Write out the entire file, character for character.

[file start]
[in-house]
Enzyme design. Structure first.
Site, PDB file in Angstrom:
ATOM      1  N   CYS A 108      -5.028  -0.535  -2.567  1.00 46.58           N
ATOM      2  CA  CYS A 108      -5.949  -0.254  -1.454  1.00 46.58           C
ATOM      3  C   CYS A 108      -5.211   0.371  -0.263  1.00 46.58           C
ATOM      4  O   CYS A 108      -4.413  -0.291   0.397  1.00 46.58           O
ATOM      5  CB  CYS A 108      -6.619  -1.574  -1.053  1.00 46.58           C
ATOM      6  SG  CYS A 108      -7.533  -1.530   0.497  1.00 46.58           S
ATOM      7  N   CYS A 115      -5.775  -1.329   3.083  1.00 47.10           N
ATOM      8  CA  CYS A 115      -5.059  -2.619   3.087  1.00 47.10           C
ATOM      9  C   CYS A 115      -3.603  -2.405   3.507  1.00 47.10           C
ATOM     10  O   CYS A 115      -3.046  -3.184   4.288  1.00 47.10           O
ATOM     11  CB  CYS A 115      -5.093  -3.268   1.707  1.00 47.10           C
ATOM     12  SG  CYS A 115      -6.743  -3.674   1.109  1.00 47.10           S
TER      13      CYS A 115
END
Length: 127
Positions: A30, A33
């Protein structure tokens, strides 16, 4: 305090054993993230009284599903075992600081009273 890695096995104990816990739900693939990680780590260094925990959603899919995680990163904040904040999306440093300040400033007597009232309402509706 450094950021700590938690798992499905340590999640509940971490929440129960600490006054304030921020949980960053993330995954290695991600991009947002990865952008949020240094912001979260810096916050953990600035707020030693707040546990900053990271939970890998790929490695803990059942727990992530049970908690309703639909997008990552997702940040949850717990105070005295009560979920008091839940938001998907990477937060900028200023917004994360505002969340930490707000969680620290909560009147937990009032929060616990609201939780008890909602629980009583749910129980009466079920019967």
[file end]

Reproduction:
[in-house]
Enzyme design. Structure first.
Site, PDB file in Angstrom:
ATOM      1  N   CYS A 108      -5.028  -0.535  -2.567  1.00 46.58           N
ATOM      2  CA  CYS A 108      -5.949  -0.254  -1.454  1.00 46.58           C
ATOM      3  C   CYS A 108      -5.211   0.371  -0.263  1.00 46.58           C
ATOM      4  O   CYS A 108      -4.413  -0.291   0.397  1.00 46.58           O
ATOM      5  CB  CYS A 108      -6.619  -1.574  -1.053  1.00 46.58           C
ATOM      6  SG  CYS A 108      -7.533  -1.530   0.497  1.00 46.58           S
ATOM      7  N   CYS A 115      -5.775  -1.329   3.083  1.00 47.10           N
ATOM      8  CA  CYS A 115      -5.059  -2.619   3.087  1.00 47.10           C
ATOM      9  C   CYS A 115      -3.603  -2.405   3.507  1.00 47.10           C
ATOM     10  O   CYS A 115      -3.046  -3.184   4.288  1.00 47.10           O
ATOM     11  CB  CYS A 115      -5.093  -3.268   1.707  1.00 47.10           C
ATOM     12  SG  CYS A 115      -6.743  -3.674   1.109  1.00 47.10           S
TER      13      CYS A 115
END
Length: 127
Positions: A30, A33
């Protein structure tokens, strides 16, 4: 305090054993993230009284599903075992600081009273 890695096995104990816990739900693939990680780590260094925990959603899919995680990163904040904040999306440093300040400033007597009232309402509706 450094950021700590938690798992499905340590999640509940971490929440129960600490006054304030921020949980960053993330995954290695991600991009947002990865952008949020240094912001979260810096916050953990600035707020030693707040546990900053990271939970890998790929490695803990059942727990992530049970908690309703639909997008990552997702940040949850717990105070005295009560979920008091839940938001998907990477937060900028200023917004994360505002969340930490707000969680620290909560009147937990009032929060616990609201939780008890909602629980009583749910129980009466079920019967």